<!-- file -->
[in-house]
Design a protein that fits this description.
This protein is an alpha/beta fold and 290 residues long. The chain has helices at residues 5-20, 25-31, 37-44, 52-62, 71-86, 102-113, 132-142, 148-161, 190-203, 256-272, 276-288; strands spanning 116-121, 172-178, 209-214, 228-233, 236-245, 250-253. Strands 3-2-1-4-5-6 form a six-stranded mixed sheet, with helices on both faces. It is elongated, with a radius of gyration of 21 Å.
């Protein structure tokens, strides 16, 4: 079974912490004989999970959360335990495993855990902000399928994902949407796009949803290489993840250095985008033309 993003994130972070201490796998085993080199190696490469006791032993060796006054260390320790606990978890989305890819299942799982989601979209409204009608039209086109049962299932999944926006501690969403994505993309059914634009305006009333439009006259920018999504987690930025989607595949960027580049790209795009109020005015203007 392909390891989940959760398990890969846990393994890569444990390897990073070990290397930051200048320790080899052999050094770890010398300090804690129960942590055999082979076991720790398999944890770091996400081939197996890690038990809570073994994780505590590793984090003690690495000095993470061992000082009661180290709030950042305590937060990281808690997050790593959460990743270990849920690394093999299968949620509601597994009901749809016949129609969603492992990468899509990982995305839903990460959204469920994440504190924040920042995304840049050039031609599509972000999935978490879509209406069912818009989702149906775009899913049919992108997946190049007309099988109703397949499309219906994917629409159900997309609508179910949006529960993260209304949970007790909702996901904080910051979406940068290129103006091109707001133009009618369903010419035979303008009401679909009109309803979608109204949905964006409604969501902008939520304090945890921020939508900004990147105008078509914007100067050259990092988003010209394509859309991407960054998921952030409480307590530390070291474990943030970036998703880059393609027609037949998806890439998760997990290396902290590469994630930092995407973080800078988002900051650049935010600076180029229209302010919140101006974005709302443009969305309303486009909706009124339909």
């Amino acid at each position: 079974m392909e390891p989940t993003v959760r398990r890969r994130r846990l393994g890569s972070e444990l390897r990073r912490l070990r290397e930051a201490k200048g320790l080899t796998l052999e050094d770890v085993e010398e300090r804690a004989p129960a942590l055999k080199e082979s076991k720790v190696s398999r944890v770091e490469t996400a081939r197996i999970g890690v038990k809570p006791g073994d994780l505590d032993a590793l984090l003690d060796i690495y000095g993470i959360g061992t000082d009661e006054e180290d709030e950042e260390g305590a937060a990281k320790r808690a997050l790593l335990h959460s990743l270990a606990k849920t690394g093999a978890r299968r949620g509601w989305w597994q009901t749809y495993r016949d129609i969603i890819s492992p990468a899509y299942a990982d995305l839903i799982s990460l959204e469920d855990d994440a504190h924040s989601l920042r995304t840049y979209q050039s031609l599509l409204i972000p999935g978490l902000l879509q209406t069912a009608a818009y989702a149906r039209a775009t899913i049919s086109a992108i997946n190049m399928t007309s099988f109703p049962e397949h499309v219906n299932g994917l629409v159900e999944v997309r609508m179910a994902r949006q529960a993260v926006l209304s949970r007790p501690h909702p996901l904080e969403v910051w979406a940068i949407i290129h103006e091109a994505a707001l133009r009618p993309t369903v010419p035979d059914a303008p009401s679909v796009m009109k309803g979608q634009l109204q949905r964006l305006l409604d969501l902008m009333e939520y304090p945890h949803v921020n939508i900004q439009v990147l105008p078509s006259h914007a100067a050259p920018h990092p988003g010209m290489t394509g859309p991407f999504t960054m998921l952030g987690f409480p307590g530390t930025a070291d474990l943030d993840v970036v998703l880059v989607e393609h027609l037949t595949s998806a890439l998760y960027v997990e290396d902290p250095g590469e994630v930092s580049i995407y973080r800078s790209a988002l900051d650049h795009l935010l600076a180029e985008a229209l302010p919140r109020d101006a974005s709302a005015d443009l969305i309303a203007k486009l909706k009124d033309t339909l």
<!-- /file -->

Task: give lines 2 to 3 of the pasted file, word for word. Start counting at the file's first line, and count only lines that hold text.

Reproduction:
Design a protein that fits this description.
This protein is an alpha/beta fold and 290 residues long. The chain has helices at residues 5-20, 25-31, 37-44, 52-62, 71-86, 102-113, 132-142, 148-161, 190-203, 256-272, 276-288; strands spanning 116-121, 172-178, 209-214, 228-233, 236-245, 250-253. Strands 3-2-1-4-5-6 form a six-stranded mixed sheet, with helices on both faces. It is elongated, with a radius of gyration of 21 Å.